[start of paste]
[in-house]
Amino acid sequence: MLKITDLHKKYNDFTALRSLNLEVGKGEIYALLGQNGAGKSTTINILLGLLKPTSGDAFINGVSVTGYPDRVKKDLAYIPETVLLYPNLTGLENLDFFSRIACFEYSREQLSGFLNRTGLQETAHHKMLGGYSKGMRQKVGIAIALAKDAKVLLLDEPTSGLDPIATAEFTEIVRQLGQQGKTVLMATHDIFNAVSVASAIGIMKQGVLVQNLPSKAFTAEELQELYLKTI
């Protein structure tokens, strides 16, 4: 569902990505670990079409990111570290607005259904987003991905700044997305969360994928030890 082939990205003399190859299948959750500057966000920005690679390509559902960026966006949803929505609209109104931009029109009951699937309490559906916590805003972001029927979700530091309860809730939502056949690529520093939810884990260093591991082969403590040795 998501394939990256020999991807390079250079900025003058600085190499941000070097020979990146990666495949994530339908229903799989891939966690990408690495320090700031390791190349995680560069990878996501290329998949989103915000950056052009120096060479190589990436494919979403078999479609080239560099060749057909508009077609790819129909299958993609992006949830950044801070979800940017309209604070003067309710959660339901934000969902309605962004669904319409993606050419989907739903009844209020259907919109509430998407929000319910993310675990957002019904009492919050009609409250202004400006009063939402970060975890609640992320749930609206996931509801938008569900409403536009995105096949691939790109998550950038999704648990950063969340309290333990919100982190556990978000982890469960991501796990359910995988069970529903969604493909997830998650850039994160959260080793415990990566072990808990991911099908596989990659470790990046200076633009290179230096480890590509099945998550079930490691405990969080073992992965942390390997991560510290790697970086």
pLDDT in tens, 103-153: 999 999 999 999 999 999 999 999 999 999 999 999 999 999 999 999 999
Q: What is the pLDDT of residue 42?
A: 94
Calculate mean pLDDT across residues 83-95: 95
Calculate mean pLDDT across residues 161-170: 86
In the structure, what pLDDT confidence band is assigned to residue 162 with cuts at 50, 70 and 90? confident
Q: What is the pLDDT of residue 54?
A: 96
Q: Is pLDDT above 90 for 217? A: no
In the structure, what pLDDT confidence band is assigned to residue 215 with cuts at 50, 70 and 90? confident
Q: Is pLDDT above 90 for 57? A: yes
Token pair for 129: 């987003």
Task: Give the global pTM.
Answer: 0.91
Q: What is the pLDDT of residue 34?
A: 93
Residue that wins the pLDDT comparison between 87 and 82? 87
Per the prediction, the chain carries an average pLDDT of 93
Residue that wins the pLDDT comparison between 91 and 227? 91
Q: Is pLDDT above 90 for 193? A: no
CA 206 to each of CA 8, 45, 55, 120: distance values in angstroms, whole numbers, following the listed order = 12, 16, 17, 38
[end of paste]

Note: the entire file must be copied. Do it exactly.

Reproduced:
[in-house]
Amino acid sequence: MLKITDLHKKYNDFTALRSLNLEVGKGEIYALLGQNGAGKSTTINILLGLLKPTSGDAFINGVSVTGYPDRVKKDLAYIPETVLLYPNLTGLENLDFFSRIACFEYSREQLSGFLNRTGLQETAHHKMLGGYSKGMRQKVGIAIALAKDAKVLLLDEPTSGLDPIATAEFTEIVRQLGQQGKTVLMATHDIFNAVSVASAIGIMKQGVLVQNLPSKAFTAEELQELYLKTI
């Protein structure tokens, strides 16, 4: 569902990505670990079409990111570290607005259904987003991905700044997305969360994928030890 082939990205003399190859299948959750500057966000920005690679390509559902960026966006949803929505609209109104931009029109009951699937309490559906916590805003972001029927979700530091309860809730939502056949690529520093939810884990260093591991082969403590040795 998501394939990256020999991807390079250079900025003058600085190499941000070097020979990146990666495949994530339908229903799989891939966690990408690495320090700031390791190349995680560069990878996501290329998949989103915000950056052009120096060479190589990436494919979403078999479609080239560099060749057909508009077609790819129909299958993609992006949830950044801070979800940017309209604070003067309710959660339901934000969902309605962004669904319409993606050419989907739903009844209020259907919109509430998407929000319910993310675990957002019904009492919050009609409250202004400006009063939402970060975890609640992320749930609206996931509801938008569900409403536009995105096949691939790109998550950038999704648990950063969340309290333990919100982190556990978000982890469960991501796990359910995988069970529903969604493909997830998650850039994160959260080793415990990566072990808990991911099908596989990659470790990046200076633009290179230096480890590509099945998550079930490691405990969080073992992965942390390997991560510290790697970086």
pLDDT in tens, 103-153: 999 999 999 999 999 999 999 999 999 999 999 999 999 999 999 999 999
Q: What is the pLDDT of residue 42?
A: 94
Calculate mean pLDDT across residues 83-95: 95
Calculate mean pLDDT across residues 161-170: 86
In the structure, what pLDDT confidence band is assigned to residue 162 with cuts at 50, 70 and 90? confident
Q: What is the pLDDT of residue 54?
A: 96
Q: Is pLDDT above 90 for 217? A: no
In the structure, what pLDDT confidence band is assigned to residue 215 with cuts at 50, 70 and 90? confident
Q: Is pLDDT above 90 for 57? A: yes
Token pair for 129: 């987003």
Task: Give the global pTM.
Answer: 0.91
Q: What is the pLDDT of residue 34?
A: 93
Residue that wins the pLDDT comparison between 87 and 82? 87
Per the prediction, the chain carries an average pLDDT of 93
Residue that wins the pLDDT comparison between 91 and 227? 91
Q: Is pLDDT above 90 for 193? A: no
CA 206 to each of CA 8, 45, 55, 120: distance values in angstroms, whole numbers, following the listed order = 12, 16, 17, 38